January 5, 2012
Hello from the desert between Israel and Jordan. We are 7 days into our training in Nonviolent Communication for Israelis, Palestinians and internationals.
This morning I saw Palestinians and Israelis beating the desert sand out of the rugs we sit on during our workshops and meals. I saw Bedouins, Israelis, Palestinians, and internationals chopping vegetables, singing together, hugging, crying, talking. Our trainer team held its daily meeting during breakfast, to plan the sessions we are offering – training sessions in Nonviolent Communication, skills such as Self Connection, Saying “No”, Transforming Blame and Judgment, Expressing Yourself Honestly, Sharing the Life Energy in our Stories, Listening to the Others’ Feelings and Needs, NVC in the Family. We had our opening morning circle attended by 80 people. The first sessions, 2-4 at a time, are going on now, including a fish bowl for people to take turns sharing and listening to difficult stories. And it’s only 10:30 in the morning.
Yesterday in my workshop on Saying “No” in the language of NVC, a Palestinian Israeli women and a Bedouin leader role-played: the woman was herself, with 5 minutes to speak to the Israeli Minister of Prisons. She presented her concern to him- the imprisonment of Palestinian children. He strongly presented his need. She heard his need, listened to his need, let him know she valued his need and let him know that she wants to work with their shared need for safety. His concerns – that Palestinian children are “being used” by fathers, provoked to throw rocks and commit violent acts. She listened to him and his concerns – for trust, for shared approach to stopping the violence and creating safety. She let him know, and asked if he is willing to meet with her again in two days for one hour to discuss how they can create solutions that will meet his needs and hers.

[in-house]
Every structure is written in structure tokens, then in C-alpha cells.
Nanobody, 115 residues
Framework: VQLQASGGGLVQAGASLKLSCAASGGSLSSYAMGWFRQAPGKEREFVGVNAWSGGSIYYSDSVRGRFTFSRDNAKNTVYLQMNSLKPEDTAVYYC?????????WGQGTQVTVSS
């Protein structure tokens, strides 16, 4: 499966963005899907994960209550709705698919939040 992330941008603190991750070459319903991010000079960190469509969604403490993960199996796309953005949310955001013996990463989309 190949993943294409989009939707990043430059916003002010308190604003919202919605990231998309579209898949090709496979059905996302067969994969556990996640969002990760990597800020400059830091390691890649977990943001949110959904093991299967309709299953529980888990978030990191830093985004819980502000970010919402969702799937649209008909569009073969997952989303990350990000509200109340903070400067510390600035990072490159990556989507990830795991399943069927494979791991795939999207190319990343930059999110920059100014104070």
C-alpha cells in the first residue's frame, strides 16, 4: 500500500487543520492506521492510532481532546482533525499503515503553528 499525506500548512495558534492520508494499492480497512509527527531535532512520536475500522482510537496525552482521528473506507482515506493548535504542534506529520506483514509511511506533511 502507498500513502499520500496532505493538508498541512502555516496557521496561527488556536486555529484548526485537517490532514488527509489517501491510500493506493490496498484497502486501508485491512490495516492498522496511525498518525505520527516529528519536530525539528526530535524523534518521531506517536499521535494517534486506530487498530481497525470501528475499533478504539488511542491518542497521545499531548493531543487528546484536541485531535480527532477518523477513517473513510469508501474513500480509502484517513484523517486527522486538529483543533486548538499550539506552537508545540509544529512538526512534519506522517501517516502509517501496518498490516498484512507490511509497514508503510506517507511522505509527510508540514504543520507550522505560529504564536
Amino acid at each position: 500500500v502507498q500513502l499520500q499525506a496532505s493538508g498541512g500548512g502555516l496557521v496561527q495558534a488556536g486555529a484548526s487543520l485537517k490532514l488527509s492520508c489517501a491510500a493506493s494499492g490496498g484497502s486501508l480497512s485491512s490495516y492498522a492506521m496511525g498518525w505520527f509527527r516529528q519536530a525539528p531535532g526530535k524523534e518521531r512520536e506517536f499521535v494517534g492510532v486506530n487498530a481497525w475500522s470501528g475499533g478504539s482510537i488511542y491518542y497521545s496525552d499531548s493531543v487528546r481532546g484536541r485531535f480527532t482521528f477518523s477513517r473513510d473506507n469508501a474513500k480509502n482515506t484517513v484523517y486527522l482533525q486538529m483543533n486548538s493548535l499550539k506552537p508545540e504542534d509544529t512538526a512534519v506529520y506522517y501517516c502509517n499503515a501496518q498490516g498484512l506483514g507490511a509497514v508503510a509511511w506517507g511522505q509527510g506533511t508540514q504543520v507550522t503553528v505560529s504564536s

In a workshop later in the day on bringing NVC to your organization, we role-played the Board of an organization that is working to support the needs of People with Mental Health Problems.
We listened deeply to each others’ concerns and translated them into needs. We saw how apparently conflicting strategies and concerns really were shared needs; we created a small task force to take the list of everyone’s needs and bring back a proposal that addresses all the needs.
More to come, with love, Roberta